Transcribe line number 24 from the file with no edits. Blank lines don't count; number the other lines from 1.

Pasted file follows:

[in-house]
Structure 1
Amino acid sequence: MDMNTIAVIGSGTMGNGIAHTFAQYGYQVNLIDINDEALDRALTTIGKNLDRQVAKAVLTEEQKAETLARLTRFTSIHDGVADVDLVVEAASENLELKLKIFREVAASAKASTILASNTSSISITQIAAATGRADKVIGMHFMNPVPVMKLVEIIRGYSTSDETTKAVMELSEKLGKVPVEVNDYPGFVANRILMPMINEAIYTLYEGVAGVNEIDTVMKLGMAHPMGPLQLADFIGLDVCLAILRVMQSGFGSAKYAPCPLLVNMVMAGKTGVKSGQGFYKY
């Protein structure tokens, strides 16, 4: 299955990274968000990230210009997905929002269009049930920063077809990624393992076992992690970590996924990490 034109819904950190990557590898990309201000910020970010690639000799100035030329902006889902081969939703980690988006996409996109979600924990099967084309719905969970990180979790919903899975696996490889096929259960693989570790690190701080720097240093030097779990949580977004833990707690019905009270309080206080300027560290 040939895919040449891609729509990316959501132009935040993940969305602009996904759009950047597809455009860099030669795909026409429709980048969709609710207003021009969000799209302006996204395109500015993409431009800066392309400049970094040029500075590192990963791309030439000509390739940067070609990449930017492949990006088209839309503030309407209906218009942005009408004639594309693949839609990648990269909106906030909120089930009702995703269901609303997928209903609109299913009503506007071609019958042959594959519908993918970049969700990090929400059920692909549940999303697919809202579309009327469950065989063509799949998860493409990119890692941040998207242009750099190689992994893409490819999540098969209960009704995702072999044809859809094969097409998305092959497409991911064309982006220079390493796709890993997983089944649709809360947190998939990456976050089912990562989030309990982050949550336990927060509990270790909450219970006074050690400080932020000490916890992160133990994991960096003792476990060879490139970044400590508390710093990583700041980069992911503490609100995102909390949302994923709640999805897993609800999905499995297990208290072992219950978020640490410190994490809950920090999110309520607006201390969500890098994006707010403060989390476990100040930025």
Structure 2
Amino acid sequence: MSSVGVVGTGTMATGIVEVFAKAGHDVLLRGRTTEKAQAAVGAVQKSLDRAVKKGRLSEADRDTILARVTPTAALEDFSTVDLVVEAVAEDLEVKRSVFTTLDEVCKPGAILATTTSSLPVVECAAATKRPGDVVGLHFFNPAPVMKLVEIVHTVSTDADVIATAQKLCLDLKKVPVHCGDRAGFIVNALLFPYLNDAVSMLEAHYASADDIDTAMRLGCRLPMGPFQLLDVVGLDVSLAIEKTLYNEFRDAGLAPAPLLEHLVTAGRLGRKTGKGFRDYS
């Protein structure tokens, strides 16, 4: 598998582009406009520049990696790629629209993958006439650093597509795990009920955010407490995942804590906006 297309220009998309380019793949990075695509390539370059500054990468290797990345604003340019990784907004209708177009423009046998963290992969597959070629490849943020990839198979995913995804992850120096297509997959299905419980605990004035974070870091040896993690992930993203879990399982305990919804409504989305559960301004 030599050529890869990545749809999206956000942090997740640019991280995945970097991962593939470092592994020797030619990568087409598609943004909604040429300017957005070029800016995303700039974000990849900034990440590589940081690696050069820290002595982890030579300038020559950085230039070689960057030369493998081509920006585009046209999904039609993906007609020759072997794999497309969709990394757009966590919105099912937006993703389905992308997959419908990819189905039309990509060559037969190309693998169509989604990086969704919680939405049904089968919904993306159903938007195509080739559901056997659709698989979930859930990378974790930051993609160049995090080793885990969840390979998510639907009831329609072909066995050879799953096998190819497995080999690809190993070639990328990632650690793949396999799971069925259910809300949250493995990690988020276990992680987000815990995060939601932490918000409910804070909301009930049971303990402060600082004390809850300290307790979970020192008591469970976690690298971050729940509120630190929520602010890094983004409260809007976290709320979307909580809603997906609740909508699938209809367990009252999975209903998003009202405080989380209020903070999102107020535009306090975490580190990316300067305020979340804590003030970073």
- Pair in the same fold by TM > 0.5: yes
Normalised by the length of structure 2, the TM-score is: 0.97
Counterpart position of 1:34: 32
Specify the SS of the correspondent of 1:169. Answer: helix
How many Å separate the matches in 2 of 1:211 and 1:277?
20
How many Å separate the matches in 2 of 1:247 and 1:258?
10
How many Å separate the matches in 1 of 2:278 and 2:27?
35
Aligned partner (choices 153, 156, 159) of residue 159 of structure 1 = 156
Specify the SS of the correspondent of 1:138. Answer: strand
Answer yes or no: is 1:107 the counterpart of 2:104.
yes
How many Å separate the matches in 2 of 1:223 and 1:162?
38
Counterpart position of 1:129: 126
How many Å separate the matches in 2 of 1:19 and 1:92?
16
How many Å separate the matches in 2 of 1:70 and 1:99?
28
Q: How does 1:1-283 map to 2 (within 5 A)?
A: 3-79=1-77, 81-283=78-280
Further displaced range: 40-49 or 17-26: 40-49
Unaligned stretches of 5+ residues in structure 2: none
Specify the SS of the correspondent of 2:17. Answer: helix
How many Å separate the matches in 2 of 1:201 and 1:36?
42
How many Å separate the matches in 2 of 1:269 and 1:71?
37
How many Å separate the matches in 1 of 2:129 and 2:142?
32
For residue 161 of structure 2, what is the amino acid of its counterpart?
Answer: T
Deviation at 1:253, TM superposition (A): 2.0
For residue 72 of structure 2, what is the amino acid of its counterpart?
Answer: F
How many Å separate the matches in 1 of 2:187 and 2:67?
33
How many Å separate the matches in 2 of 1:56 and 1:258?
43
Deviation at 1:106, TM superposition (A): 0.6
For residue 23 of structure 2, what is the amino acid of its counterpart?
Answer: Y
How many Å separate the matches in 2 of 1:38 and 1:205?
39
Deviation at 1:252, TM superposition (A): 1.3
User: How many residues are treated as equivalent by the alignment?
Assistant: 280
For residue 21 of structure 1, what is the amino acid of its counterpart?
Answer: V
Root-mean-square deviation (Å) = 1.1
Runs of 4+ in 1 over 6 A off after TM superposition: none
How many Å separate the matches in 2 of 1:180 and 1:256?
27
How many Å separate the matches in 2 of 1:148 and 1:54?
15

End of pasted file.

Counterpart position of 1:129: 126